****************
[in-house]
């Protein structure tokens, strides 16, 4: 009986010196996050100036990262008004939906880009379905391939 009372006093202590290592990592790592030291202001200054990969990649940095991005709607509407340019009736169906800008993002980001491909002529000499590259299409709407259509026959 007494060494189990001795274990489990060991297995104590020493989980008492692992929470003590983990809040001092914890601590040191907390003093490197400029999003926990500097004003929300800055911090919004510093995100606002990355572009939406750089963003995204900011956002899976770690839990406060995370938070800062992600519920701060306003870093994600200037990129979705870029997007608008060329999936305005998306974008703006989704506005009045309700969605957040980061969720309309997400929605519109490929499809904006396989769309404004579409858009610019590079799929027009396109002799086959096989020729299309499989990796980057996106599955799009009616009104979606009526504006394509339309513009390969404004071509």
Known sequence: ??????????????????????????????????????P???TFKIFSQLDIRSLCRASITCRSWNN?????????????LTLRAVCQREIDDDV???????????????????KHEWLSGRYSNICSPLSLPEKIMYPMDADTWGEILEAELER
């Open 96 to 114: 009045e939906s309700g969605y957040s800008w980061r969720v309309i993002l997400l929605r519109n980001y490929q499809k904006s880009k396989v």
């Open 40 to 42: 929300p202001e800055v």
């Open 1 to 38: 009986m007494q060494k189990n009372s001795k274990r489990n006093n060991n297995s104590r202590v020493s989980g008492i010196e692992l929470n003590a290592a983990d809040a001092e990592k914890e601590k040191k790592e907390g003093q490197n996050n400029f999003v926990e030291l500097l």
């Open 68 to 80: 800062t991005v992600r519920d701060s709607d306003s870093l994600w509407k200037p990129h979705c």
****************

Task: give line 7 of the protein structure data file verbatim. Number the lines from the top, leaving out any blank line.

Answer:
């Open 68 to 80: 800062t991005v992600r519920d701060s709607d306003s870093l994600w509407k200037p990129h979705c």